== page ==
Heroin Overdose | What Is It, How Does It Happen & What to Do?

Drug overdoses are the top cause of accidental death in the United States, with opioid drugs the most common culprit.

Heroin death statistics have been grim the last couple decades. As the 1990s came to a close, 1,960 people died from overdosing on the opioid. By 2018, that number had climbed to 14,996.

It should be noted it’s not just heroin that’s responsible. Some fatalities involved other substances, including prescription opioids.

Some overdoses may be intentional, but many are not. Some are the result of complications from drug abuse, polydrug misuse (misusing multiple substances at the same time, including sedatives with opioids, for example), or resuming use after stopping (relapse) and accidentally taking too much as a result.

Still, heroin is linked to thousands of lives lost in the U.S. drug epidemic.

What Happens When You Overdose on Heroin?

Some may wonder what happens during a heroin overdose, as well as what does a heroin overdose feel like.

Heroin produces an initial rush of euphoria, followed by kind of a warm, sleepy feeling. Some people nod in and out of consciousness, referred to as going “on the nod.” Other less pleasant effects quickly set in, however, such as itchiness, dry mouth, and watery eyes.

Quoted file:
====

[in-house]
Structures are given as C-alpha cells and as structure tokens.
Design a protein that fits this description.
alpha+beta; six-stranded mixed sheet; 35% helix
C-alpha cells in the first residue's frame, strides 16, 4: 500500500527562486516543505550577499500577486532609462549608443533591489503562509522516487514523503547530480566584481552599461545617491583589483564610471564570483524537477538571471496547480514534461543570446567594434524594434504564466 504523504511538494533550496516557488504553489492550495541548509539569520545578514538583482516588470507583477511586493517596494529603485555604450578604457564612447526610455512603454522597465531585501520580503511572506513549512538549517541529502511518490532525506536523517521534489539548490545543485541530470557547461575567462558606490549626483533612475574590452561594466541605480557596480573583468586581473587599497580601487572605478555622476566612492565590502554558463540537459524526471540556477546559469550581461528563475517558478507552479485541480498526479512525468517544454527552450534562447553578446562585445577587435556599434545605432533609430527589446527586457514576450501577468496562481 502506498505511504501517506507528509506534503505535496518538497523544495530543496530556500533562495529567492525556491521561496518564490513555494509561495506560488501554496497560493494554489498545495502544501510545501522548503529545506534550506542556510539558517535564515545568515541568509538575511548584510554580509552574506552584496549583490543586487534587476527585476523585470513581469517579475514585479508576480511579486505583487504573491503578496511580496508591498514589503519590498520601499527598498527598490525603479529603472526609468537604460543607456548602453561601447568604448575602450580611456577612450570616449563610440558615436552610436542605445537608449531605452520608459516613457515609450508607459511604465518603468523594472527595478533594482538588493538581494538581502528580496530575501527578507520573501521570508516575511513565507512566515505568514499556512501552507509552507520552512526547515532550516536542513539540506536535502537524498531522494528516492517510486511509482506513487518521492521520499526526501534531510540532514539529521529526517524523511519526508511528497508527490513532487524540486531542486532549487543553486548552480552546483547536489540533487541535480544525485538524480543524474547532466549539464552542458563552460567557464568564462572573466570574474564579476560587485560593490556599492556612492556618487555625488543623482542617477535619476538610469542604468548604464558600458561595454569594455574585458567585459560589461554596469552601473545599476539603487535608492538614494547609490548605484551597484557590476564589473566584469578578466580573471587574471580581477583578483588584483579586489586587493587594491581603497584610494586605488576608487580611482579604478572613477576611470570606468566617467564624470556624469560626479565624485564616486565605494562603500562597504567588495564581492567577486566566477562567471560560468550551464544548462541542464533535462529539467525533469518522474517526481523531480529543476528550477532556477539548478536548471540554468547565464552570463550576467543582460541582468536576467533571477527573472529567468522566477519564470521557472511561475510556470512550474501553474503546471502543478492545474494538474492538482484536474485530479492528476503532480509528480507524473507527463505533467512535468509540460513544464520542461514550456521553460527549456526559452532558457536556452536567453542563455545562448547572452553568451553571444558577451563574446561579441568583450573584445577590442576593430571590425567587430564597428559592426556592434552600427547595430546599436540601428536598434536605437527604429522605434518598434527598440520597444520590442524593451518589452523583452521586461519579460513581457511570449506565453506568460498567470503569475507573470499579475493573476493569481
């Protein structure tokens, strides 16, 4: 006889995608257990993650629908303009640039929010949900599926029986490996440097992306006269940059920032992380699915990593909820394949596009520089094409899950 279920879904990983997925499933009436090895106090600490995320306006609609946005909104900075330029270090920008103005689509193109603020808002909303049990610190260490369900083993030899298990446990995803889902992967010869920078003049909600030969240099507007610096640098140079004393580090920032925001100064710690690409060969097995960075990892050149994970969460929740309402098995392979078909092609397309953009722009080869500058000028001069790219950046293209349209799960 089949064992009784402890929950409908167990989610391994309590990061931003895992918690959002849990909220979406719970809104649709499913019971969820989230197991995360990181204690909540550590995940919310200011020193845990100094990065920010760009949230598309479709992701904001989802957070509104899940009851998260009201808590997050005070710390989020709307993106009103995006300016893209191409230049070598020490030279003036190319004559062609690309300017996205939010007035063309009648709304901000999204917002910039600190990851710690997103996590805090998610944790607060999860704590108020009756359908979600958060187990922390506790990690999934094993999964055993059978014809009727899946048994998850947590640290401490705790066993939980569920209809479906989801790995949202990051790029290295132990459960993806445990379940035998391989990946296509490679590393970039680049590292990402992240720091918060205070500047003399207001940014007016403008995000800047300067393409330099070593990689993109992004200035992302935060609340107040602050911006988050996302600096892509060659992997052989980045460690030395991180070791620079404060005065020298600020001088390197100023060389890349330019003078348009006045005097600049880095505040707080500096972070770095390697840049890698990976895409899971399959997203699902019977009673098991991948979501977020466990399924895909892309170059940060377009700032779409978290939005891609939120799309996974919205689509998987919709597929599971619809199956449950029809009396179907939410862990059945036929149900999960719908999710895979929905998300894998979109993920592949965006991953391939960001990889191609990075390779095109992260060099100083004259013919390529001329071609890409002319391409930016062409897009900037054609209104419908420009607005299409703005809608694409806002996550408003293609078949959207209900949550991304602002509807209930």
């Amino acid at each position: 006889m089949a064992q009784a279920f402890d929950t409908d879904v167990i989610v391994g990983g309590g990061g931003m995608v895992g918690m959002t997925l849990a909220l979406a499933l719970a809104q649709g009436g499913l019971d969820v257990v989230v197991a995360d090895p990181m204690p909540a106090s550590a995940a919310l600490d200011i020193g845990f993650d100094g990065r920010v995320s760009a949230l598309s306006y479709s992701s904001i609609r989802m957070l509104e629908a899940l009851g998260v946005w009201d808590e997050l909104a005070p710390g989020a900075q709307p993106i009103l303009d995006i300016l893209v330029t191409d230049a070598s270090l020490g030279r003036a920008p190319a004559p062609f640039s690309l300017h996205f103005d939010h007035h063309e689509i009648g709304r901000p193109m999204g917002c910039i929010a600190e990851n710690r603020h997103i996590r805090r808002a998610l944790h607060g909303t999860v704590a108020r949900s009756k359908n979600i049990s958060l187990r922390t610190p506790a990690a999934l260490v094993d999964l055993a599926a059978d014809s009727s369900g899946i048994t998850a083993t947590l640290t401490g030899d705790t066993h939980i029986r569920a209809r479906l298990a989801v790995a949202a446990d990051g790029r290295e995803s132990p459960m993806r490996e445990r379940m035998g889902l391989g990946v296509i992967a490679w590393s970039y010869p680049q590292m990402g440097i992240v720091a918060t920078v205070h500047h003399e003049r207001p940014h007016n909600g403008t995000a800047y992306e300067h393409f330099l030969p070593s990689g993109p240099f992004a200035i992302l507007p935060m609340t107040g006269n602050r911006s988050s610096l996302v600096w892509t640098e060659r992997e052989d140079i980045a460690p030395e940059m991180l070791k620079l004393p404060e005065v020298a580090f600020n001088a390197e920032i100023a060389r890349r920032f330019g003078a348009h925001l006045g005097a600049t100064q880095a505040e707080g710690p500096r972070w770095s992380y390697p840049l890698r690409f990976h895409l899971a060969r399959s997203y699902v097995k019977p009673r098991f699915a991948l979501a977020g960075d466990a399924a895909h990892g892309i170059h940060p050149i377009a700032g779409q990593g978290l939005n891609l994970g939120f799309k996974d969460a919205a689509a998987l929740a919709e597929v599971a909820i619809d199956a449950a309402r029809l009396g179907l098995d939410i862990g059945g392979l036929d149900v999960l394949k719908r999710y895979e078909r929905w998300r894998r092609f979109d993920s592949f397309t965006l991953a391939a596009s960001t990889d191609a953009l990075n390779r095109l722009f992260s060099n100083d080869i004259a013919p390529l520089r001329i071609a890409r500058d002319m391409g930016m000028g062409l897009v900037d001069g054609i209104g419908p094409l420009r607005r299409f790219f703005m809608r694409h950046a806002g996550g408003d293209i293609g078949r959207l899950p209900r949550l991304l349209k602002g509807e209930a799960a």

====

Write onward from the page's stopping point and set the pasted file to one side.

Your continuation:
Symptoms of overdose include:

  • Extreme drowsiness
  • Shallow, infrequent breathing
  • Slowed heartbeat
  • Narrowed pupils
  • Blue fingernails and lips
  • Nausea, vomiting
  • Muddled thoughts
  • Cold, damp skin
  • Shaking or seizures

Stories of use are harrowing. Elizabeth Brico wrote about her repeated overdoses in a vice.com article, of waking up after being dosed with naloxone, as well as about the painful withdrawals — cold sweats, burning stomach, pupils so wide her irises looked pitch black.

Much of Brico’s repeat use was to achieve one of two results: to chase a heroin high or to banish agonizing withdrawal symptoms.

That brings up a problem with heroin: it has a short half-life, which leads users to keep taking it to avoid the painful side effects of withdrawal.

After Brico’s ninth overdose, she wrote that she felt like a “re-animated corpse.”

How Does Heroin Kill You?

How long does it take to overdose on heroin? It’s tough to say. It depends on how much has been taken, how it has been taken, or if other substances have been consumed.

Injecting heroin into a vein or smoking it, a person will feel the high almost immediately. Inhaling heroin, a person will feel its effects in about 10 minutes. The fuzzy, sleepy feeling can last for about four to six hours.

That all depends, again, on whether other substances are being taken at the same time, as well as on the purity of the drug. Each case is unique. What isn’t unique are the risks.

Are alcohol and drugs ruining your life?

Find help now

Heroin Risks

Opioids such as heroin affect the parts of the brain that regulate respiration and sleep. Breathing slows. Then the heart. As oxygen levels drop, heart rhythms grow irregular. Some may suffer cardiac arrest at this stage.